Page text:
Realize it’s time to forget about Rachel.
Go out; meet new people—even though you’ve never been good at meeting new people.
Tour the art galleries in Indianapolis’ Fountain Square.
Go into the Murphy Art Center. See Joanna, the lead singer of Hurley’s Flying Hot Pocket. She is with a friend, a 20-something punk girl whose hair explodes in black jagged shards. She wears an Iggy Pop t-shirt and ripped black jeans.
See odd beauty in the punk girl. You went to high school with Joanna. Go talk to her.
Joanna remembers you, embraces you. Small talk about her band. When there is awkward silence introduce yourself to her friend. “Oh,” Joanna laughs. “This is Ann. Sorry.”
You see Ann alone later in the night, staring at a blurry glob of red paint splattered on canvas. Walk up to her. Say hello.
She examines you. Recognition slowly crosses her face like a lazy heartbeat on a monitor.
Ask her what she thinks of the painting.
“It’s ok,” she says. “I’m more into street art.”
“What artists do you enjoy?” you ask, having no idea if street art means graffiti.
“Ellis Gallagher, Above, Basquiat, Swoon, Clet Abraham,” she says, her voice rising like it’s a burdensome litany to recite. Her eyes draw imaginary lines between each person in the gallery, making a mental picture that is not you.
“I really enjoy…” you start to say.
“I see a friend I need to talk to,” she interrupts and walks away.
When you get home decide you need to know more about Ann in order to connect with her. Find her abandoned MySpace page. Examine her musical tastes. She likes late 70’s punk. Set aside your Sufjan Stevens, Animal Collective, and Dirty Projectors albums. Go download Patti Smith’s Horses, Radio Ethiopia, Wave, and Easter from The Pirate Bay. Download The Ramones Anthology, Television, Talking Heads. Rent Basquiat from Netflix.
A week later go to the Hurley’s Flying Hot Pocket show at The Melody Inn. Ann is at the front of the stage harassing Joanna between songs. Joanna takes a swig of beer, smiles, gives Ann the finger and the band starts rocking again. Decide to move closer to the stage. Push past the drunken girls who reek a rancid concoction of perfume and cigarette smoke. Stand patiently and wait for the woman with barbed wire tattoos crisscrossing her biceps to allow you to pass. When people leave for beer slide into their vacant spot like a red chip in a Connect Four game. The burly fifty-year-old bald man with a gray beard and gauged ear lobes will dance in a circle and block you from advancing.
Wait until the music is over. Ann steps outside for air. Count to ten. Go outside for air.
Look to your right and left. There she is, standing alone, smoking a cigarette. Say hello.
“Hello,” she says, smiling. She remembers you.
Stand awkwardly. You did not consider how you would filter your new knowledge about late 1970s punk into a conversation. Think of something to say while she stares off into space and cigarette smoke coalesces with the night sky. “Did you like the set by that woman from Ohio?” you finally ask.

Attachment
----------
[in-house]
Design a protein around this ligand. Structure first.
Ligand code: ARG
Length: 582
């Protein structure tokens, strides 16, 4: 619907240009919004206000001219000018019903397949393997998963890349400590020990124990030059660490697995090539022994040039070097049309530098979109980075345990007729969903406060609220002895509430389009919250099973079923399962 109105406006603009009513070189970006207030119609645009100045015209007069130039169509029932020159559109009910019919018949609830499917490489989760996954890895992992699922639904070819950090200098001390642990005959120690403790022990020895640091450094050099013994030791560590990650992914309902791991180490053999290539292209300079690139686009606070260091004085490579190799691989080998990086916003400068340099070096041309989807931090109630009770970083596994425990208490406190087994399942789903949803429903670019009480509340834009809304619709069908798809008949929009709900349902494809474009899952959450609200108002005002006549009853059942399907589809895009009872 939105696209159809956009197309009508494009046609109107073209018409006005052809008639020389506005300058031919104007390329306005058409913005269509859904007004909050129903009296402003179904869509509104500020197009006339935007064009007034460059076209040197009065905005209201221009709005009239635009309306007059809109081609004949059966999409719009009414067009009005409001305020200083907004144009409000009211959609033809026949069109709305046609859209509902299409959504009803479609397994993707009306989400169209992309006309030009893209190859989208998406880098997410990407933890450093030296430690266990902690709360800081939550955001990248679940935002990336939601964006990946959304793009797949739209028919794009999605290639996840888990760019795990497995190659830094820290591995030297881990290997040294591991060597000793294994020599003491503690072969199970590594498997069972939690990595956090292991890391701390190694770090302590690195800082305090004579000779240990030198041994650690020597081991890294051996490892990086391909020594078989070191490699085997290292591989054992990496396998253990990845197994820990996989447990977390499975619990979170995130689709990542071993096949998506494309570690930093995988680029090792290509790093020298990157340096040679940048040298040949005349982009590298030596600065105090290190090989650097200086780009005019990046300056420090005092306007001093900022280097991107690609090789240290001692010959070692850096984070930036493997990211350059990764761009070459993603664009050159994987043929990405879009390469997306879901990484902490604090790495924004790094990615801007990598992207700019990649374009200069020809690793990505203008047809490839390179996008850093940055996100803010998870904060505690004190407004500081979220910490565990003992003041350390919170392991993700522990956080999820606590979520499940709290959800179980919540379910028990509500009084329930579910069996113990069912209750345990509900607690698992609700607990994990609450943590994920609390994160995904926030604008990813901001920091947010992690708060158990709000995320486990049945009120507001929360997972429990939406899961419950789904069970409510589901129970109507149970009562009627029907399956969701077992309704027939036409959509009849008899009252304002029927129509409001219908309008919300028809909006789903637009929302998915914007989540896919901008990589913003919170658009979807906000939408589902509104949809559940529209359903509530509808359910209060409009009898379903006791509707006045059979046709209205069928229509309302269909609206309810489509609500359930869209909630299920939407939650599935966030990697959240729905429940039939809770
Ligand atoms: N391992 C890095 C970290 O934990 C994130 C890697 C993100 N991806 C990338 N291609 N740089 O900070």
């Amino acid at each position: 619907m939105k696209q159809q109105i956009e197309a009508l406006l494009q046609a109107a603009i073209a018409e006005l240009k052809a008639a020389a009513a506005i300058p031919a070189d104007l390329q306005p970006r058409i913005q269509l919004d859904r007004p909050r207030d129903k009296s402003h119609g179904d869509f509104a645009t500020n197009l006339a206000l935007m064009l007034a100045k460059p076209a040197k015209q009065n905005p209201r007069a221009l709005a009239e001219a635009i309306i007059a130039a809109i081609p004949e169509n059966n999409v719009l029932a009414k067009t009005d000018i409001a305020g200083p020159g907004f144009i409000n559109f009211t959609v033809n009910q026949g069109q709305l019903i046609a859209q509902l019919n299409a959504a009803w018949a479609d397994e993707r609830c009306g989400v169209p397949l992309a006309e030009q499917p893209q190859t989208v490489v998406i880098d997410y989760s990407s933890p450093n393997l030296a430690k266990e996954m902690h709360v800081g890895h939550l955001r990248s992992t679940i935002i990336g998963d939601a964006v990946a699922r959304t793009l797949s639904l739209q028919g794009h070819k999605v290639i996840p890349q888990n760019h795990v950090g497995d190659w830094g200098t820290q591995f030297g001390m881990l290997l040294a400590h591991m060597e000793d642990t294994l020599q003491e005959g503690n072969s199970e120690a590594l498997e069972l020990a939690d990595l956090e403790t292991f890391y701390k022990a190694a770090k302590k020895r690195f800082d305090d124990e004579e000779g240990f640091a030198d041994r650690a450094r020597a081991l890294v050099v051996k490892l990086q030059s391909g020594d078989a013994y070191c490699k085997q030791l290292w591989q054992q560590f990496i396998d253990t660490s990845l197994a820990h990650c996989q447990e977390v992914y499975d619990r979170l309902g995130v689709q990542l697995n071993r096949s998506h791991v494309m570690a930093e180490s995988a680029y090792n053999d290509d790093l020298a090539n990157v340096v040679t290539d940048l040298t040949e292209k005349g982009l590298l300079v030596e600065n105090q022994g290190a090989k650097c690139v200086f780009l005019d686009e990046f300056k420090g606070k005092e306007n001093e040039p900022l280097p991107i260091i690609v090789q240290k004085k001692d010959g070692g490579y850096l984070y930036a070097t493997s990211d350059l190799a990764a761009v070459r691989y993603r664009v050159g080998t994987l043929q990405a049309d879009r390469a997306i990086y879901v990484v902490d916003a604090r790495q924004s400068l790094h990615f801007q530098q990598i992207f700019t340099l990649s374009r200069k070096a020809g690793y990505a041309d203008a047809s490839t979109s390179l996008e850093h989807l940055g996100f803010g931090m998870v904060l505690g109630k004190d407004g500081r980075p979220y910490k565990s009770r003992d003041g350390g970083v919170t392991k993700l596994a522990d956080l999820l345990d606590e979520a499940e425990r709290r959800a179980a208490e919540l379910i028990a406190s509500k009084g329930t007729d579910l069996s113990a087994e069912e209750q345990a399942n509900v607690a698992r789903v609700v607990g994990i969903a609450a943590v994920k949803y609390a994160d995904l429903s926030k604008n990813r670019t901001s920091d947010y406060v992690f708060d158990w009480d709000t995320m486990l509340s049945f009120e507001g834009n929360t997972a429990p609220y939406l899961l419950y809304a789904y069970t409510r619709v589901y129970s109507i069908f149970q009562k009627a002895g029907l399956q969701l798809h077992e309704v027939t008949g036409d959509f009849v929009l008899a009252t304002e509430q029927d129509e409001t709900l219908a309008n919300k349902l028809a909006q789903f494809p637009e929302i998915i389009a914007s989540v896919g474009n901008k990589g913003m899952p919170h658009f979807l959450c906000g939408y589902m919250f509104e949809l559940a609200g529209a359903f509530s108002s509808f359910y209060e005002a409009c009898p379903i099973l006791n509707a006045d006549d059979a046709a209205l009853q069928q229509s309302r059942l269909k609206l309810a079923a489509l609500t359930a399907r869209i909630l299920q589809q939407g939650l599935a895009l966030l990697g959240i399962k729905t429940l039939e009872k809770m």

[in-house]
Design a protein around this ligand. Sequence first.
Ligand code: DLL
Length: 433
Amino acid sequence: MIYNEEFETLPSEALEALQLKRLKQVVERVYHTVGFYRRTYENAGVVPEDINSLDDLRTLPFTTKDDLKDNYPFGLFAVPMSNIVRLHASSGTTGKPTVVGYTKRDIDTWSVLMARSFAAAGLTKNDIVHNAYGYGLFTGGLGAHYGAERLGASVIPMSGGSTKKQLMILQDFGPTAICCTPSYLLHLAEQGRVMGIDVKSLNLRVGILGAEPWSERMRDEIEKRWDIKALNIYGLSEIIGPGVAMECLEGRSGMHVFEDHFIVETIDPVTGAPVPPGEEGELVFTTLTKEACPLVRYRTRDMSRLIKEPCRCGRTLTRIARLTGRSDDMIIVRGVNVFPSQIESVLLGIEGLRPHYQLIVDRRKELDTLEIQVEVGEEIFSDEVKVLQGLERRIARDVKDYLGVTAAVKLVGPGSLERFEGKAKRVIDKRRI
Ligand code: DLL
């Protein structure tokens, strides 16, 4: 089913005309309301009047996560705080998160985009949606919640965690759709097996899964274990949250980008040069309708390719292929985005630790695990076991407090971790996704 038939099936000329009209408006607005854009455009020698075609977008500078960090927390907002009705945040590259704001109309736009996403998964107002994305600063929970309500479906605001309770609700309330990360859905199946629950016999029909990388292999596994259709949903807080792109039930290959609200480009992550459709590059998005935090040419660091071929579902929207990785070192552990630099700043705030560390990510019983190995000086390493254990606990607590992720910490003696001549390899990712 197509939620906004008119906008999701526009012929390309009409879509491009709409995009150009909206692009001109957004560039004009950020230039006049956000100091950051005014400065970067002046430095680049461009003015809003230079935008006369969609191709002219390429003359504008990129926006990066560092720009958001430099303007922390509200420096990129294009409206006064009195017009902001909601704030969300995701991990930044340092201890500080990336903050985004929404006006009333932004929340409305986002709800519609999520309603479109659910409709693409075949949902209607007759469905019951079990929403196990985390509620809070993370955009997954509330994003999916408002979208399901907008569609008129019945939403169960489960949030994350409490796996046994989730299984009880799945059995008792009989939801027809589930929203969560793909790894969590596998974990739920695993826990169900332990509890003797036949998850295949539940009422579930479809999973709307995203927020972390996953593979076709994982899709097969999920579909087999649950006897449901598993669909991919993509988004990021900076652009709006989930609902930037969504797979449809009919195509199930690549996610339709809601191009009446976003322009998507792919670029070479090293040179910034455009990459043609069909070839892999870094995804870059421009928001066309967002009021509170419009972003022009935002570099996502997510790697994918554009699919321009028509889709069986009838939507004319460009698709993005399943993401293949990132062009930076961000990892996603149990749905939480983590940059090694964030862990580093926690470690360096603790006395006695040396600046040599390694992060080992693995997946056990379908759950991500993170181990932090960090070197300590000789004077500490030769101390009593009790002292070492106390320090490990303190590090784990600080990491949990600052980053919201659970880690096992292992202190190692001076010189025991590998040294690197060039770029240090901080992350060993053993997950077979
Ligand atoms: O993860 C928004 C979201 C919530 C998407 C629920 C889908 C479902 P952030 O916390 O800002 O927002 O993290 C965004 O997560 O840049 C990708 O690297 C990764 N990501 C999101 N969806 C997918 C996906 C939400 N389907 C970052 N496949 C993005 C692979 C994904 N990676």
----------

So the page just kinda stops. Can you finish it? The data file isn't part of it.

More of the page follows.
“It was ok,” she says.
“She kind of reminded me of Patti Smith,” you say.
“I don’t see that at all,” she says, inhales on the cigarette.
“Oh. Do you like Patti Smith?”
“I used to. About three years ago I was really into her.”
“What do you listen to now?”
“Mostly Nick Cave.”
When you get home Google Nick Cave. Go to The Pirate Bay. Find a torrent of his collected works.
Scan the local alternative paper for the next Hurley’s Flying Hot Pocket show. It’s on Saturday, the 21st, at Locals Only—the band’s CD release show. Write the date down on the back of an old receipt and tape it to the wall above your computer monitor.
Go to Locals Only. Stay focused on the door but Ann doesn’t enter. Maybe you missed her.
Scan the audience as Hurley’s Flying Hot Pocket performs.
Hover by the merch table after the set. Say hello to Joanna. “Is Ann here?” you ask.
“Nope,” Joanna says. “She went to Chicago with her boyfriend.”
Slouch out of Locals Only. Get in your car. Go home. Go to bed.
Think back to that night with Rachel at Monon Coffee. You were the only customers in the café. She had just returned from New York City and as she told you about the trip—hunting down locations of iconic album covers, hanging outside 30 Rock hoping to see Tina Fey, looking for the Squid and the Whale exhibit at the Museum of Natural History—the male barista kept interjecting himself into the conversation, asking her if she’d visited The Dakota or the old CBGB site. You had never been to New York City and could find nothing to add but dirty looks at the barista and deep annoyed sighs whenever he spoke over you.
You went to the restroom and when you returned minutes later he was leaning over your table, laughing with Rachel. As you sat down she pulled a pen from her bag and wrote down her phone number on a napkin and handed it to him. After eight months you realized you and Rachel were never going to happen.
Photo by Amadeus Sepúlveda Yáñez from Malmö, Sweden (. . . Vs Punk) [CC-BY-2.0 (www.creativecommons.org/licenses/by/2.0)], via Wikimedia Commons